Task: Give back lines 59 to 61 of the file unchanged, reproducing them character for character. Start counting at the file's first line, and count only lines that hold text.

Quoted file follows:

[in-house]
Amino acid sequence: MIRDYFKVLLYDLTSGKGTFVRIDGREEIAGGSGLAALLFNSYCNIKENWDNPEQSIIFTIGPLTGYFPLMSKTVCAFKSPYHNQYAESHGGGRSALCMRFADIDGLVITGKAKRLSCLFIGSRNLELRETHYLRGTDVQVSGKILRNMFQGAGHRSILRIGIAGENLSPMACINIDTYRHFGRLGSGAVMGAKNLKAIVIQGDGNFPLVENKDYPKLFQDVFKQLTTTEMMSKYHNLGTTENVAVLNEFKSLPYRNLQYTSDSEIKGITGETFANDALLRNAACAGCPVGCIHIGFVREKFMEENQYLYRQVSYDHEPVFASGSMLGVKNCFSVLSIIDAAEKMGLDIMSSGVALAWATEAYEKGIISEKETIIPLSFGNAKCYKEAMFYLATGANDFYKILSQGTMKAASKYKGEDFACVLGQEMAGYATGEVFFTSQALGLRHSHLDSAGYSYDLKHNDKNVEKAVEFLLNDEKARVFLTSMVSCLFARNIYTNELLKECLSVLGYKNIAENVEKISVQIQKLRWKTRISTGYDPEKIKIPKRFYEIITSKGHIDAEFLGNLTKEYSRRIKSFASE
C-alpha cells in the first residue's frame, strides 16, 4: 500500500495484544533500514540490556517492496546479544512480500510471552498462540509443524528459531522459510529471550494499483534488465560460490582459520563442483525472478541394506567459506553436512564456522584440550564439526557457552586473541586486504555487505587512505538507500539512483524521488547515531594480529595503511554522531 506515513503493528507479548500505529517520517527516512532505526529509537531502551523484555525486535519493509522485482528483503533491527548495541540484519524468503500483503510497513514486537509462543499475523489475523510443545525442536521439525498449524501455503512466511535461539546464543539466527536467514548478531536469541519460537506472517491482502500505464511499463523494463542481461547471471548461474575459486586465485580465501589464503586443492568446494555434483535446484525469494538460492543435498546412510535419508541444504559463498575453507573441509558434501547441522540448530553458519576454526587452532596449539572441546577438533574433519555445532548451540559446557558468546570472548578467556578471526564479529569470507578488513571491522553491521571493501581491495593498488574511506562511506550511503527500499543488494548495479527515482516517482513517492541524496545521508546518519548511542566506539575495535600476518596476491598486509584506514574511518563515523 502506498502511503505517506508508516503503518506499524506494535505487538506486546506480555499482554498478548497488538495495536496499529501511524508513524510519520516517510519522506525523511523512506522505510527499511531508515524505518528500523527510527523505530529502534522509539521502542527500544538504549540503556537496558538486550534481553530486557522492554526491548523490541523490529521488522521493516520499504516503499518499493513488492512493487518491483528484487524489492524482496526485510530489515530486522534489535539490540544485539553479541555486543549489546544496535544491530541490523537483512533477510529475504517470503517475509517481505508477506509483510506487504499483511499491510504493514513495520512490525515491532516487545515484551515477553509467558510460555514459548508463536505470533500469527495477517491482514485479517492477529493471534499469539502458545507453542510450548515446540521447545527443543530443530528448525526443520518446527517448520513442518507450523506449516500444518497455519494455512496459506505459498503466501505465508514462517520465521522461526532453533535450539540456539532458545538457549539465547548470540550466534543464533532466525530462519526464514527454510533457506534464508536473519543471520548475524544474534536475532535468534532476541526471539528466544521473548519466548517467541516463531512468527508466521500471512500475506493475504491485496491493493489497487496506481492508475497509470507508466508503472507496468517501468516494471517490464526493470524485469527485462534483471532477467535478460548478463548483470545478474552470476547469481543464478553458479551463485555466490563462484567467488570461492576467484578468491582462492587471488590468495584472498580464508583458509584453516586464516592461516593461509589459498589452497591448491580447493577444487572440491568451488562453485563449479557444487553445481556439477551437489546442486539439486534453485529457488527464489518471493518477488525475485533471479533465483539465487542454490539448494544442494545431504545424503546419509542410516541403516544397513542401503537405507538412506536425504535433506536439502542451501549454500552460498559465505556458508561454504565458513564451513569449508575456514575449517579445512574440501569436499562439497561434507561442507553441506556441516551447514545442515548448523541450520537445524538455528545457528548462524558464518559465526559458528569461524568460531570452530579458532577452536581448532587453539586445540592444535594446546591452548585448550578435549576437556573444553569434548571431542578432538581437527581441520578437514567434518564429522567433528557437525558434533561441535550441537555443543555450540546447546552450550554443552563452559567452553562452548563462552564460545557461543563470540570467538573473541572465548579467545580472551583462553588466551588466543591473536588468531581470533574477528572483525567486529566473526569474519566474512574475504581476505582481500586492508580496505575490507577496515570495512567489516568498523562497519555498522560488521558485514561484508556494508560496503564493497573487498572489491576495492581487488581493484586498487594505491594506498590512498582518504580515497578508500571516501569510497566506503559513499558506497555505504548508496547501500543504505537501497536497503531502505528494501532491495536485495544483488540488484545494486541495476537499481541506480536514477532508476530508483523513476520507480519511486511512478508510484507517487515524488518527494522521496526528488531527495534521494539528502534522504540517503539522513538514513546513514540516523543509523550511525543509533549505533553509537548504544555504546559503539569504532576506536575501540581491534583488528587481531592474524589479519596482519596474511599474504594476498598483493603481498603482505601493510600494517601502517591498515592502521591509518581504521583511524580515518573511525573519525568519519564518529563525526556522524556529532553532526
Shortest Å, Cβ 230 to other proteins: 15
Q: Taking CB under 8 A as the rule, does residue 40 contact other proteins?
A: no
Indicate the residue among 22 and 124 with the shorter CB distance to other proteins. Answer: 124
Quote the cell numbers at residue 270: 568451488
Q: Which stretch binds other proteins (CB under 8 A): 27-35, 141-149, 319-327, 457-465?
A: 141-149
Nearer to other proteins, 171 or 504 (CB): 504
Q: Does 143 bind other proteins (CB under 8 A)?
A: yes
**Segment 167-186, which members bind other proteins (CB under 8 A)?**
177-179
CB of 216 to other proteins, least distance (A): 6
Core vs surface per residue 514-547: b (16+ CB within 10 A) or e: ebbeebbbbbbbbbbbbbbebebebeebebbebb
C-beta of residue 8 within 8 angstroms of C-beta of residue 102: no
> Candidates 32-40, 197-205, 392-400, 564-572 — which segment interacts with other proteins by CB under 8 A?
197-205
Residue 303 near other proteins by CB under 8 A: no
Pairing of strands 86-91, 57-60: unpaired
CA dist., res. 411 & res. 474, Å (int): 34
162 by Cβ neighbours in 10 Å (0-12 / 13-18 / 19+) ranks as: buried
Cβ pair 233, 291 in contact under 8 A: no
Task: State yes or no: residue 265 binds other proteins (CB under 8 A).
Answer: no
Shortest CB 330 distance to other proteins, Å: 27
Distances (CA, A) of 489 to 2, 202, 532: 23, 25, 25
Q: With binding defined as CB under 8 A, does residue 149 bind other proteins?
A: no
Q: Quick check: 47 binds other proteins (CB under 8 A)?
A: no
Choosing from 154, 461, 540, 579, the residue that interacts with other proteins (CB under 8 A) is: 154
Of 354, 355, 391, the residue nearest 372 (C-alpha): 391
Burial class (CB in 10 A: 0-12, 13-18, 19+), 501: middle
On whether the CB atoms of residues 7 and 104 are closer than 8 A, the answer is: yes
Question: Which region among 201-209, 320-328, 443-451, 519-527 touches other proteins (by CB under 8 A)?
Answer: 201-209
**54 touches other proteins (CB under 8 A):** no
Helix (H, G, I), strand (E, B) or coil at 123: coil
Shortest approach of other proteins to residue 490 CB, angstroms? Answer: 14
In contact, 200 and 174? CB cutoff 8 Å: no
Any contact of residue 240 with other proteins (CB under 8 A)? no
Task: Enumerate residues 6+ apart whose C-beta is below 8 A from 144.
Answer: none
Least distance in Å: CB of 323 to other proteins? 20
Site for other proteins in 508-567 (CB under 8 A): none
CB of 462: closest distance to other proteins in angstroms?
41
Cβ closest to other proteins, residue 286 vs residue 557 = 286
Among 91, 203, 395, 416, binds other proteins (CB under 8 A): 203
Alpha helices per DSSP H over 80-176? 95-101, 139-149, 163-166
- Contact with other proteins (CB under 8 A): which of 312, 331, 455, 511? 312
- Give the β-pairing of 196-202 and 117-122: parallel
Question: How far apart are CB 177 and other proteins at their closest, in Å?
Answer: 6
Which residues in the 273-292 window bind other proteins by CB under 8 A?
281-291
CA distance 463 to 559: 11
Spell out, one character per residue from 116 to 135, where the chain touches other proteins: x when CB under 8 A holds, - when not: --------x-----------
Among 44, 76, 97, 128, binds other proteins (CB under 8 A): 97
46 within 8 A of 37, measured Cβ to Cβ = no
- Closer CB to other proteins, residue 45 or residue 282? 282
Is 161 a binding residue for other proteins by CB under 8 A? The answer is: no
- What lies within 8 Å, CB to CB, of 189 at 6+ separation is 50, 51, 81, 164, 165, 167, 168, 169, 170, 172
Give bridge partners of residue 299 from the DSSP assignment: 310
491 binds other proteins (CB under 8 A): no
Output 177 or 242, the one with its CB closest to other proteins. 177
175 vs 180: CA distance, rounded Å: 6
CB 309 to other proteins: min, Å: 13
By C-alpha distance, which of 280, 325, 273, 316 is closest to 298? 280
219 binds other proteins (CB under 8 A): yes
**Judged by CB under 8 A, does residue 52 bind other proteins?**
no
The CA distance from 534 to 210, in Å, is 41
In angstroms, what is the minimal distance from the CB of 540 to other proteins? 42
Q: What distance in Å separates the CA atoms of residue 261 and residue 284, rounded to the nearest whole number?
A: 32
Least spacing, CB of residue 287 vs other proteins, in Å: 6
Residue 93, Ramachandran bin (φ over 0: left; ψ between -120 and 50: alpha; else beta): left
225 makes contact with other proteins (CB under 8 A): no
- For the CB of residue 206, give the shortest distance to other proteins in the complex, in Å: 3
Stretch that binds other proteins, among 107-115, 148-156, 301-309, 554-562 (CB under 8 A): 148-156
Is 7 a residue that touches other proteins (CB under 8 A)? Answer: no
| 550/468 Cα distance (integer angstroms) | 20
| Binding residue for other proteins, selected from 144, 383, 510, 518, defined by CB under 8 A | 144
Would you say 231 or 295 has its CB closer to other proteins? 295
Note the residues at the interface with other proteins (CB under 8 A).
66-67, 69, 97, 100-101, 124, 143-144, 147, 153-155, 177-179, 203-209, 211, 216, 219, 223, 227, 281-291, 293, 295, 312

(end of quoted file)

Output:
281-291
CA distance 463 to 559: 11
Spell out, one character per residue from 116 to 135, where the chain touches other proteins: x when CB under 8 A holds, - when not: --------x-----------